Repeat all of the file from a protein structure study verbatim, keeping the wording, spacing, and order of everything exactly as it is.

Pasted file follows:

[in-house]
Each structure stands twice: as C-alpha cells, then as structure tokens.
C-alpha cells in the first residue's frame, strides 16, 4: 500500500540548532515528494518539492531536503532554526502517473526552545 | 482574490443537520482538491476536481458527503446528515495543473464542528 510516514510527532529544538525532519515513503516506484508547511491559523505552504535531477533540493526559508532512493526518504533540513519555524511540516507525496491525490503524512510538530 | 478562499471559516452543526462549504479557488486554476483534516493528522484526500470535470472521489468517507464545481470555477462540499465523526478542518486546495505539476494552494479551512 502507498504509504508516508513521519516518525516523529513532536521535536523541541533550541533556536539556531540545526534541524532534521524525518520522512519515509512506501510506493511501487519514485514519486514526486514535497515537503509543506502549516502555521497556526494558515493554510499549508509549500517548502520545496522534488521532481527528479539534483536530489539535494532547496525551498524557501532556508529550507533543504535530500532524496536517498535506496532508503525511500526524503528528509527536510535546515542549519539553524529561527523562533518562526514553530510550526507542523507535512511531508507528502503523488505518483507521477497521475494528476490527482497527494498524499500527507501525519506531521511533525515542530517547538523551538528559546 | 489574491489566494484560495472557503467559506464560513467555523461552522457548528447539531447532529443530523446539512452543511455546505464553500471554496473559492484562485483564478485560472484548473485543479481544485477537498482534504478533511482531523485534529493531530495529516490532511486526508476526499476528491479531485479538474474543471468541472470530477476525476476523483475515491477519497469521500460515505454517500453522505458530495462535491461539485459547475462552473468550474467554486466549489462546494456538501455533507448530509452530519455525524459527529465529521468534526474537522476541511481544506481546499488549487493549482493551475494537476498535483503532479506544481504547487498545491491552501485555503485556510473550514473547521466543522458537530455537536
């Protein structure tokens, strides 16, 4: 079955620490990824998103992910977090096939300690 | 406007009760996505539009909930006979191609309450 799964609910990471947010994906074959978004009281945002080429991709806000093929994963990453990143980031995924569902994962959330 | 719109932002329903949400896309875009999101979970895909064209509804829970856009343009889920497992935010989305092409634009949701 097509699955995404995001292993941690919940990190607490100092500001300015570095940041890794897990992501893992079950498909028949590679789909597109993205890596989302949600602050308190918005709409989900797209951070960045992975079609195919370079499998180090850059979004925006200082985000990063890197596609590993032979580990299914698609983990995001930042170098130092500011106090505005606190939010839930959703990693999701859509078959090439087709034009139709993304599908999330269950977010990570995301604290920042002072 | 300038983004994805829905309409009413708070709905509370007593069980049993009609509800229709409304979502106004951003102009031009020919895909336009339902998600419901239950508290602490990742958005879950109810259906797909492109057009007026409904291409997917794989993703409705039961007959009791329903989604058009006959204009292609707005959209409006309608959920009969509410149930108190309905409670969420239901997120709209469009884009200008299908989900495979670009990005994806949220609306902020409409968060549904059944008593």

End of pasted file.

[in-house]
Each structure stands twice: as C-alpha cells, then as structure tokens.
C-alpha cells in the first residue's frame, strides 16, 4: 500500500540548532515528494518539492531536503532554526502517473526552545 | 482574490443537520482538491476536481458527503446528515495543473464542528 510516514510527532529544538525532519515513503516506484508547511491559523505552504535531477533540493526559508532512493526518504533540513519555524511540516507525496491525490503524512510538530 | 478562499471559516452543526462549504479557488486554476483534516493528522484526500470535470472521489468517507464545481470555477462540499465523526478542518486546495505539476494552494479551512 502507498504509504508516508513521519516518525516523529513532536521535536523541541533550541533556536539556531540545526534541524532534521524525518520522512519515509512506501510506493511501487519514485514519486514526486514535497515537503509543506502549516502555521497556526494558515493554510499549508509549500517548502520545496522534488521532481527528479539534483536530489539535494532547496525551498524557501532556508529550507533543504535530500532524496536517498535506496532508503525511500526524503528528509527536510535546515542549519539553524529561527523562533518562526514553530510550526507542523507535512511531508507528502503523488505518483507521477497521475494528476490527482497527494498524499500527507501525519506531521511533525515542530517547538523551538528559546 | 489574491489566494484560495472557503467559506464560513467555523461552522457548528447539531447532529443530523446539512452543511455546505464553500471554496473559492484562485483564478485560472484548473485543479481544485477537498482534504478533511482531523485534529493531530495529516490532511486526508476526499476528491479531485479538474474543471468541472470530477476525476476523483475515491477519497469521500460515505454517500453522505458530495462535491461539485459547475462552473468550474467554486466549489462546494456538501455533507448530509452530519455525524459527529465529521468534526474537522476541511481544506481546499488549487493549482493551475494537476498535483503532479506544481504547487498545491491552501485555503485556510473550514473547521466543522458537530455537536
């Protein structure tokens, strides 16, 4: 079955620490990824998103992910977090096939300690 | 406007009760996505539009909930006979191609309450 799964609910990471947010994906074959978004009281945002080429991709806000093929994963990453990143980031995924569902994962959330 | 719109932002329903949400896309875009999101979970895909064209509804829970856009343009889920497992935010989305092409634009949701 097509699955995404995001292993941690919940990190607490100092500001300015570095940041890794897990992501893992079950498909028949590679789909597109993205890596989302949600602050308190918005709409989900797209951070960045992975079609195919370079499998180090850059979004925006200082985000990063890197596609590993032979580990299914698609983990995001930042170098130092500011106090505005606190939010839930959703990693999701859509078959090439087709034009139709993304599908999330269950977010990570995301604290920042002072 | 300038983004994805829905309409009413708070709905509370007593069980049993009609509800229709409304979502106004951003102009031009020919895909336009339902998600419901239950508290602490990742958005879950109810259906797909492109057009007026409904291409997917794989993703409705039961007959009791329903989604058009006959204009292609707005959209409006309608959920009969509410149930108190309905409670969420239901997120709209469009884009200008299908989900495979670009990005994806949220609306902020409409968060549904059944008593």